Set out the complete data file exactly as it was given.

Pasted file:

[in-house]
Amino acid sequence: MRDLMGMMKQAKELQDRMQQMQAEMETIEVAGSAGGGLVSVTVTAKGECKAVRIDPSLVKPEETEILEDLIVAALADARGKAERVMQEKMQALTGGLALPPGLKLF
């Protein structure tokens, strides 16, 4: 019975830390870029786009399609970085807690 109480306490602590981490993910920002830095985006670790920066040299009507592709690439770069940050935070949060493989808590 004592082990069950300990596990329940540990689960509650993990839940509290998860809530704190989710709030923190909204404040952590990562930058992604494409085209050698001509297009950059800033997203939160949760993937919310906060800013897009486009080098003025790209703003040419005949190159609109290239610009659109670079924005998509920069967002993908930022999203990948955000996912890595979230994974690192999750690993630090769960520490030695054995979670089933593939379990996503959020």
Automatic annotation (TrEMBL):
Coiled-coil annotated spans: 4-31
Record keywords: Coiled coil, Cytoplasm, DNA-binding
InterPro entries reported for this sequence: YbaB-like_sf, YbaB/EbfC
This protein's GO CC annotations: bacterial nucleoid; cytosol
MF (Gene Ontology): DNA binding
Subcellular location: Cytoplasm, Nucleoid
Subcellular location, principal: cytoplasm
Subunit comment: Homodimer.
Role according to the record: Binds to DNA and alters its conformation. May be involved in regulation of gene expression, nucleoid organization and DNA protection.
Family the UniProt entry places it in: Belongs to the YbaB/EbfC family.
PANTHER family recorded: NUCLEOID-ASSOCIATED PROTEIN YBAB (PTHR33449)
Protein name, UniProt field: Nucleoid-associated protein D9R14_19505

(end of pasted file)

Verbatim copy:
[in-house]
Amino acid sequence: MRDLMGMMKQAKELQDRMQQMQAEMETIEVAGSAGGGLVSVTVTAKGECKAVRIDPSLVKPEETEILEDLIVAALADARGKAERVMQEKMQALTGGLALPPGLKLF
């Protein structure tokens, strides 16, 4: 019975830390870029786009399609970085807690 109480306490602590981490993910920002830095985006670790920066040299009507592709690439770069940050935070949060493989808590 004592082990069950300990596990329940540990689960509650993990839940509290998860809530704190989710709030923190909204404040952590990562930058992604494409085209050698001509297009950059800033997203939160949760993937919310906060800013897009486009080098003025790209703003040419005949190159609109290239610009659109670079924005998509920069967002993908930022999203990948955000996912890595979230994974690192999750690993630090769960520490030695054995979670089933593939379990996503959020």
Automatic annotation (TrEMBL):
Coiled-coil annotated spans: 4-31
Record keywords: Coiled coil, Cytoplasm, DNA-binding
InterPro entries reported for this sequence: YbaB-like_sf, YbaB/EbfC
This protein's GO CC annotations: bacterial nucleoid; cytosol
MF (Gene Ontology): DNA binding
Subcellular location: Cytoplasm, Nucleoid
Subcellular location, principal: cytoplasm
Subunit comment: Homodimer.
Role according to the record: Binds to DNA and alters its conformation. May be involved in regulation of gene expression, nucleoid organization and DNA protection.
Family the UniProt entry places it in: Belongs to the YbaB/EbfC family.
PANTHER family recorded: NUCLEOID-ASSOCIATED PROTEIN YBAB (PTHR33449)
Protein name, UniProt field: Nucleoid-associated protein D9R14_19505